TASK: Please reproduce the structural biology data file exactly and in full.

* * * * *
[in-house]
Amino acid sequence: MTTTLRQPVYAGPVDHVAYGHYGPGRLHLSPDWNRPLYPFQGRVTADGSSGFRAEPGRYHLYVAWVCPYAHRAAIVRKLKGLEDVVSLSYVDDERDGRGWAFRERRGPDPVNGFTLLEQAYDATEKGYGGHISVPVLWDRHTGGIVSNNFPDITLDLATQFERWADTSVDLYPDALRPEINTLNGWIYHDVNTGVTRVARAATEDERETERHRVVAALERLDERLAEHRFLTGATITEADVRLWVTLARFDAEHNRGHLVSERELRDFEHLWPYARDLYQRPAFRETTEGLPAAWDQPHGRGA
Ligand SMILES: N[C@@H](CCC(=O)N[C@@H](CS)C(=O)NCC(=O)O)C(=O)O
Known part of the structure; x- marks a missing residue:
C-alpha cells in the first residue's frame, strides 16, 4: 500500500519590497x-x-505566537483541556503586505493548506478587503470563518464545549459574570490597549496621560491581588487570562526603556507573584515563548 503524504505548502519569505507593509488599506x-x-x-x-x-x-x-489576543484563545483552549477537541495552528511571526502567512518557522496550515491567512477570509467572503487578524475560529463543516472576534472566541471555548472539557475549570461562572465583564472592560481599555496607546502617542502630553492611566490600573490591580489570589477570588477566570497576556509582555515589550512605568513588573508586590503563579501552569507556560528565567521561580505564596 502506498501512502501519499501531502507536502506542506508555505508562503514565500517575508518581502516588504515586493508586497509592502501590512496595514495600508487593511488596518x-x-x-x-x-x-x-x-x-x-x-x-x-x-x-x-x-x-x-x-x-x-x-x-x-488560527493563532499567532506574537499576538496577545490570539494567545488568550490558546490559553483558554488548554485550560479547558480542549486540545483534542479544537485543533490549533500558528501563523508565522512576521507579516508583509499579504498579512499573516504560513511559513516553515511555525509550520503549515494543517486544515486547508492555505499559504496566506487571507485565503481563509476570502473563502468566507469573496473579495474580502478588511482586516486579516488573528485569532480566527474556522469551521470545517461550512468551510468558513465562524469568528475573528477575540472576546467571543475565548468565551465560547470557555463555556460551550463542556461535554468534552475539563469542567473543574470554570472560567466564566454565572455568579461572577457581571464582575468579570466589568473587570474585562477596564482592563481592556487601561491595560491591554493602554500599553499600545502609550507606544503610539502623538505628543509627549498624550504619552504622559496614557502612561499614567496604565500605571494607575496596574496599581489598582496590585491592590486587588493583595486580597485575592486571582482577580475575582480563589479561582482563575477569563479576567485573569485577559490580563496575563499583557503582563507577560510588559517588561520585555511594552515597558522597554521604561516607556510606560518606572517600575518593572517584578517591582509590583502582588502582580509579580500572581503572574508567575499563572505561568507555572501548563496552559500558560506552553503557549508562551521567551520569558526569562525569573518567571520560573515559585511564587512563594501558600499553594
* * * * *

[in-house]
Amino acid sequence: MTTTLRQPVYAGPVDHVAYGHYGPGRLHLSPDWNRPLYPFQGRVTADGSSGFRAEPGRYHLYVAWVCPYAHRAAIVRKLKGLEDVVSLSYVDDERDGRGWAFRERRGPDPVNGFTLLEQAYDATEKGYGGHISVPVLWDRHTGGIVSNNFPDITLDLATQFERWADTSVDLYPDALRPEINTLNGWIYHDVNTGVTRVARAATEDERETERHRVVAALERLDERLAEHRFLTGATITEADVRLWVTLARFDAEHNRGHLVSERELRDFEHLWPYARDLYQRPAFRETTEGLPAAWDQPHGRGA
Ligand SMILES: N[C@@H](CCC(=O)N[C@@H](CS)C(=O)NCC(=O)O)C(=O)O
Known part of the structure; x- marks a missing residue:
C-alpha cells in the first residue's frame, strides 16, 4: 500500500519590497x-x-505566537483541556503586505493548506478587503470563518464545549459574570490597549496621560491581588487570562526603556507573584515563548 503524504505548502519569505507593509488599506x-x-x-x-x-x-x-489576543484563545483552549477537541495552528511571526502567512518557522496550515491567512477570509467572503487578524475560529463543516472576534472566541471555548472539557475549570461562572465583564472592560481599555496607546502617542502630553492611566490600573490591580489570589477570588477566570497576556509582555515589550512605568513588573508586590503563579501552569507556560528565567521561580505564596 502506498501512502501519499501531502507536502506542506508555505508562503514565500517575508518581502516588504515586493508586497509592502501590512496595514495600508487593511488596518x-x-x-x-x-x-x-x-x-x-x-x-x-x-x-x-x-x-x-x-x-x-x-x-x-488560527493563532499567532506574537499576538496577545490570539494567545488568550490558546490559553483558554488548554485550560479547558480542549486540545483534542479544537485543533490549533500558528501563523508565522512576521507579516508583509499579504498579512499573516504560513511559513516553515511555525509550520503549515494543517486544515486547508492555505499559504496566506487571507485565503481563509476570502473563502468566507469573496473579495474580502478588511482586516486579516488573528485569532480566527474556522469551521470545517461550512468551510468558513465562524469568528475573528477575540472576546467571543475565548468565551465560547470557555463555556460551550463542556461535554468534552475539563469542567473543574470554570472560567466564566454565572455568579461572577457581571464582575468579570466589568473587570474585562477596564482592563481592556487601561491595560491591554493602554500599553499600545502609550507606544503610539502623538505628543509627549498624550504619552504622559496614557502612561499614567496604565500605571494607575496596574496599581489598582496590585491592590486587588493583595486580597485575592486571582482577580475575582480563589479561582482563575477569563479576567485573569485577559490580563496575563499583557503582563507577560510588559517588561520585555511594552515597558522597554521604561516607556510606560518606572517600575518593572517584578517591582509590583502582588502582580509579580500572581503572574508567575499563572505561568507555572501548563496552559500558560506552553503557549508562551521567551520569558526569562525569573518567571520560573515559585511564587512563594501558600499553594